Adopted by the state legislature in 1975, the Montana Lakeshore Protection Act is a piece of enabling legislation giving local jurisdictions the ability to draft lakeshore regulations. In the decade since a Montana Supreme Court ruling ceded control from the city of Whitefish to the county following a long-running legal battle over control of the planning “doughnut” ringing Whitefish, both the county and the city of Whitefish have administered divergent sets of lakeshore regulations. The result has led to an overlapping jurisdictional matrix and, some say, an ineffective and antiquated regulatory framework.

Koopal said he’s seeking recommendations from all agencies with lakeshore regulation authority to determine “how we could add value to the state’s lakeshore protection act.”

Jim Stack, a Whitefish Lake resident and former chairman of the Whitefish Lake and Lakeshore Protection Committee, said he couldn’t script a better example of regulatory dysfunction than the latest violation and the muddled response it elicited, especially considering that the contractors working on the Beaver Bay property have already been cited for a separate lakeshore protection violation for illegally removing trees.

“During my tenure on the lakeshore committee, we saw this a surprising number of times — particularly with high net-worth property owners — where a repeat violation would occur in order to achieve a finished objective … knowing that the worst that could happen is a fine and partial restoration to a violation that couldn’t fully be restored,” Stack said. “In the end, the property owner simply paid a financial price for what they wanted but which wasn’t allowed by lakeshore regulations.”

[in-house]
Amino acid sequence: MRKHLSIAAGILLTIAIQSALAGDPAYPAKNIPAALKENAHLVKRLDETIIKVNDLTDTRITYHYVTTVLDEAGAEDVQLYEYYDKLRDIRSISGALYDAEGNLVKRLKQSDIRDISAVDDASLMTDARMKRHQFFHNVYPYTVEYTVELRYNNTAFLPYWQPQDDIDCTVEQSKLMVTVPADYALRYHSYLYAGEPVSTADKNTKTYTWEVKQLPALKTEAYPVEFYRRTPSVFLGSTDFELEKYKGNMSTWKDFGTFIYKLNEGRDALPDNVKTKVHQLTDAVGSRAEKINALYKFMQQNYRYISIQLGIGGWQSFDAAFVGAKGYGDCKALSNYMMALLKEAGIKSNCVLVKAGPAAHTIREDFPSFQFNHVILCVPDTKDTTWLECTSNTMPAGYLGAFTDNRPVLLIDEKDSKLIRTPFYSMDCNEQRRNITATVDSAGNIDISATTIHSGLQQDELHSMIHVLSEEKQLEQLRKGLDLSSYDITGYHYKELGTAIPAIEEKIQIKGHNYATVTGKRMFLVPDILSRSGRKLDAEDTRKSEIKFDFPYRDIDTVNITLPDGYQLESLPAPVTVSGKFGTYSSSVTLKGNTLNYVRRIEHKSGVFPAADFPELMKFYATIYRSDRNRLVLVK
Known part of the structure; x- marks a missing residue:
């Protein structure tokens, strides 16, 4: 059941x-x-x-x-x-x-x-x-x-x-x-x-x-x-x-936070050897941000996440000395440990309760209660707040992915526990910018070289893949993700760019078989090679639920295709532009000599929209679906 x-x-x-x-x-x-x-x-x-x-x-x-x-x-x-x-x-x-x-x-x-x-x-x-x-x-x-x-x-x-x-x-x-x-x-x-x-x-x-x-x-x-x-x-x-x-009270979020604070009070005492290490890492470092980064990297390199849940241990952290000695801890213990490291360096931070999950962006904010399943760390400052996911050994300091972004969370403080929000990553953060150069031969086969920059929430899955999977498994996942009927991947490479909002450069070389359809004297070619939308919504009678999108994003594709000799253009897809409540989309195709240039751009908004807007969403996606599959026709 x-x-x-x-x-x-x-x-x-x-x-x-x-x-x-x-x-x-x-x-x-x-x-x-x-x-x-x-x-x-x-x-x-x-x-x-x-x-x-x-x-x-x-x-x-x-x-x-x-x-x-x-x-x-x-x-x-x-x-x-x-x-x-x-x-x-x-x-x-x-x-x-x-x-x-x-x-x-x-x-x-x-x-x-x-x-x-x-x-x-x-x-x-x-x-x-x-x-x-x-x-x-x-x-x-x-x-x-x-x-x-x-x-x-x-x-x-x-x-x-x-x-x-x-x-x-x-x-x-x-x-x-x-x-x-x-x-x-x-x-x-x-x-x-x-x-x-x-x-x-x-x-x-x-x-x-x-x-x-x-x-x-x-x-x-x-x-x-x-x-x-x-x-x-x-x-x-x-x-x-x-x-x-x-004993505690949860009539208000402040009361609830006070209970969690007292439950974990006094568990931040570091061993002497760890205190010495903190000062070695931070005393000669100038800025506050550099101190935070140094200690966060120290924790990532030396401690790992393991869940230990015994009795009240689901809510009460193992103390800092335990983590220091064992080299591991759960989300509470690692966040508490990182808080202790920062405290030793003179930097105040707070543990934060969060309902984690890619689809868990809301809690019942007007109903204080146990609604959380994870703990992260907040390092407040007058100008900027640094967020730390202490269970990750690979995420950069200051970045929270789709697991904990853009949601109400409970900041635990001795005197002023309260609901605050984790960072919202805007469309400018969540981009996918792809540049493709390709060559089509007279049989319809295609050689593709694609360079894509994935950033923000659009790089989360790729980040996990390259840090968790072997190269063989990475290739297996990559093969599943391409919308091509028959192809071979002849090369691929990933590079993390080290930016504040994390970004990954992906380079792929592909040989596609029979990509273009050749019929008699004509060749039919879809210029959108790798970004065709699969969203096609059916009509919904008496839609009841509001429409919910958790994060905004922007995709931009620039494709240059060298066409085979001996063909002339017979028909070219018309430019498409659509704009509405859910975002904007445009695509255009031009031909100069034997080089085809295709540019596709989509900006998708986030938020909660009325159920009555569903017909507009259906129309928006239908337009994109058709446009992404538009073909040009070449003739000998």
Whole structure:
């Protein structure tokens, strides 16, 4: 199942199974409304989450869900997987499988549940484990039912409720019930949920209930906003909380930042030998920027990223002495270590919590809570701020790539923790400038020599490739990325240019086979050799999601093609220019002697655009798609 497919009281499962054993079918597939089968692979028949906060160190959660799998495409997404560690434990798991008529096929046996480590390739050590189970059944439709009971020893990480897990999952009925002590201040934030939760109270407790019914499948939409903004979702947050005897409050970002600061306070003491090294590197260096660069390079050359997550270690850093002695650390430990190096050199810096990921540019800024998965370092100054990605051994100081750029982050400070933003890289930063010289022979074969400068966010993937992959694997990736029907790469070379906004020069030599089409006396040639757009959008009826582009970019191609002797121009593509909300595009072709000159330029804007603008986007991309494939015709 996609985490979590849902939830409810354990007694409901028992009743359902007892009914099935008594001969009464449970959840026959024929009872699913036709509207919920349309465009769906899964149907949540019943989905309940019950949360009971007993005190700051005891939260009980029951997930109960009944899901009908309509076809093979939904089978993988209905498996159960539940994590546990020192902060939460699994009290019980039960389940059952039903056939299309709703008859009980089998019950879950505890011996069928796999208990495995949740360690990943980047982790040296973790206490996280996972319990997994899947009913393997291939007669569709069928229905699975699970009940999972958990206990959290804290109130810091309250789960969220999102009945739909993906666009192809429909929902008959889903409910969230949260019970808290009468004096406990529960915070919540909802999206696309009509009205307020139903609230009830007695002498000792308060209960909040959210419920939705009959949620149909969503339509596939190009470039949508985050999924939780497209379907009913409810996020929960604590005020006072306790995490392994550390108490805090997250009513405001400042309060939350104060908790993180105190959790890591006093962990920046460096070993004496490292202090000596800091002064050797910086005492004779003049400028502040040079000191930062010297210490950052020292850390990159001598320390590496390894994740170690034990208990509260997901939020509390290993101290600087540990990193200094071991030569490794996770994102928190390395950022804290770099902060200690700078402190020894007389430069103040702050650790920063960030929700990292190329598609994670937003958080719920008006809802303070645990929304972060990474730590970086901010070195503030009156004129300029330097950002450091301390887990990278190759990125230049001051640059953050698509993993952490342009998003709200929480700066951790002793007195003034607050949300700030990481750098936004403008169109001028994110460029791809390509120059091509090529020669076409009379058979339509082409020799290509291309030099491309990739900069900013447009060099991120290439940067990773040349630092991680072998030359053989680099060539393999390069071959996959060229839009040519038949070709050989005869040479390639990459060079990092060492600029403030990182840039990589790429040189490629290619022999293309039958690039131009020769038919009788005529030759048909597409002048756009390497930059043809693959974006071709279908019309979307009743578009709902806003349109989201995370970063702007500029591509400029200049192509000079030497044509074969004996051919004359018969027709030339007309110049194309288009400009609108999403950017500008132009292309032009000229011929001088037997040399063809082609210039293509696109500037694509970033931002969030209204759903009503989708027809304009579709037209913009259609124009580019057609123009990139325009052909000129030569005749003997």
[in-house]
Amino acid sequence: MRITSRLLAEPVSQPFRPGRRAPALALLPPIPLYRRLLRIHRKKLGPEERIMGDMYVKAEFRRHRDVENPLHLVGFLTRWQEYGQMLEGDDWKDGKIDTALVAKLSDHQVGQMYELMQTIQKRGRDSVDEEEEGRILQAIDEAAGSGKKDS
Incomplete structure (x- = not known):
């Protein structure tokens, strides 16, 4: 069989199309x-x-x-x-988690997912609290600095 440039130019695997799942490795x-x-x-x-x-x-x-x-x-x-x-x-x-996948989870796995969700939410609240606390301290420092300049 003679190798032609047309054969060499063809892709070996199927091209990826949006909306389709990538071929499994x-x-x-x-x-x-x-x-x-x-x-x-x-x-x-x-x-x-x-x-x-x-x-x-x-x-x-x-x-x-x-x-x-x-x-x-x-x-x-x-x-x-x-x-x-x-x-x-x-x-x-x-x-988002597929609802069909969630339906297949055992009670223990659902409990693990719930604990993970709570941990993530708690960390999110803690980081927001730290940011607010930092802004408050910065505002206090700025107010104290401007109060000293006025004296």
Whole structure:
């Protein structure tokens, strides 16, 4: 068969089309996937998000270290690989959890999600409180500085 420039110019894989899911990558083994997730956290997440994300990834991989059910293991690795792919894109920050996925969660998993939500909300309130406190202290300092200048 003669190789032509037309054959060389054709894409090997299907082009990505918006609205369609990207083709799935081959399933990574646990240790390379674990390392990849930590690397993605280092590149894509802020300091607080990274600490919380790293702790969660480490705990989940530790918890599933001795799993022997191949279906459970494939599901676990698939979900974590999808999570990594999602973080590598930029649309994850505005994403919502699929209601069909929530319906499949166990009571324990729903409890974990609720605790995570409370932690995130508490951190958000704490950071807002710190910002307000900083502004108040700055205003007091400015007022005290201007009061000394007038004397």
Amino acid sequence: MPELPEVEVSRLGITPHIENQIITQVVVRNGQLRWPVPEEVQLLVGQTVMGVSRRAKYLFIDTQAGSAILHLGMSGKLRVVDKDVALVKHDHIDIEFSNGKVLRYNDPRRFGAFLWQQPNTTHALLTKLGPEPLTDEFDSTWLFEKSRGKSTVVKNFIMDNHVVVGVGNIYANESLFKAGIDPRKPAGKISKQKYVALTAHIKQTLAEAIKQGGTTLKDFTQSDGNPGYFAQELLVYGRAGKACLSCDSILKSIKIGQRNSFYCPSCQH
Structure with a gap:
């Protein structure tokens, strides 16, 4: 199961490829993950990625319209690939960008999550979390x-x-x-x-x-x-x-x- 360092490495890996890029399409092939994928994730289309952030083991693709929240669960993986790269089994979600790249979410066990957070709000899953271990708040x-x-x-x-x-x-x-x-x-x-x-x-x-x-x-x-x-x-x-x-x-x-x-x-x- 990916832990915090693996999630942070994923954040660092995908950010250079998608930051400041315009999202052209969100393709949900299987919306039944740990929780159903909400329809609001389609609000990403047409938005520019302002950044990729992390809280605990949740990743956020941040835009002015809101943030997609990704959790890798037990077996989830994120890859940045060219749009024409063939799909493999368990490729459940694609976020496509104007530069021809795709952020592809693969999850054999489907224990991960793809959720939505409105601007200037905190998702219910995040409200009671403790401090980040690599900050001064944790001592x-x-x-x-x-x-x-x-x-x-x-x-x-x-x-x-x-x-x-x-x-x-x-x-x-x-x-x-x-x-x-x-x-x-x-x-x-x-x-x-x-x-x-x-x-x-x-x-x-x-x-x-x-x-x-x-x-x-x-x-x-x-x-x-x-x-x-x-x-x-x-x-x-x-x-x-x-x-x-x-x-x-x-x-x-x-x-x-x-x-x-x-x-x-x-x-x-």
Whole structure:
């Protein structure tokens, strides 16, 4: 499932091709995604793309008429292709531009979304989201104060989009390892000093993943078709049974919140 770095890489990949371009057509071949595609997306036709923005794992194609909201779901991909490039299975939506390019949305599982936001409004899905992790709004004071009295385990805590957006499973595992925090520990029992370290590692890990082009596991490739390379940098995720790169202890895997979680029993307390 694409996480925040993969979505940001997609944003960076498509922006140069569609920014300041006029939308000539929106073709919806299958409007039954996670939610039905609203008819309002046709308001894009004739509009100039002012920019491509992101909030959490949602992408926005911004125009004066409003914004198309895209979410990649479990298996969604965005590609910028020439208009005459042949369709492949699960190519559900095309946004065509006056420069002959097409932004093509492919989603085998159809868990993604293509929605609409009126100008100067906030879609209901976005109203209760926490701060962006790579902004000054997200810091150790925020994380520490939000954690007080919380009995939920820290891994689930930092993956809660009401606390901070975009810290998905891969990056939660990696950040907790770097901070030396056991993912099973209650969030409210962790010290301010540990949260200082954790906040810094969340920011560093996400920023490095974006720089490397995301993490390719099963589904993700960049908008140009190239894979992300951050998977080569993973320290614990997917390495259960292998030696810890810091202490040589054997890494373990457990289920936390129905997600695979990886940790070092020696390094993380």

Last year, High Country Builders was cited for removing between 50 and 60 trees from the lakeshore’s slope within the lakeshore protection zone without a permit. After Flathead County officials received a complaint about the activity, the contractors were allowed to apply for an “after-the-fact” permit, according to Jared Schroeder, one of two code compliance technicians in Flathead County. Although the permit was issued in arrears and remains in good standing today, the county doubled the fine for the lakeshore protection violation, Schroeder said, amounting to an $860 penalty.

For Stack, the county’s enforcement authority limits the city’s ability to enforce its own lakeshore protection zone laws. Meanwhile, the county doesn’t have a building department so it can’t regulate any building activity that occurs outside of either the lakeshore protection zone or the floodplain, and its enforcement division is stretched too thin to respond each violation and approve a remedy in a timely manner.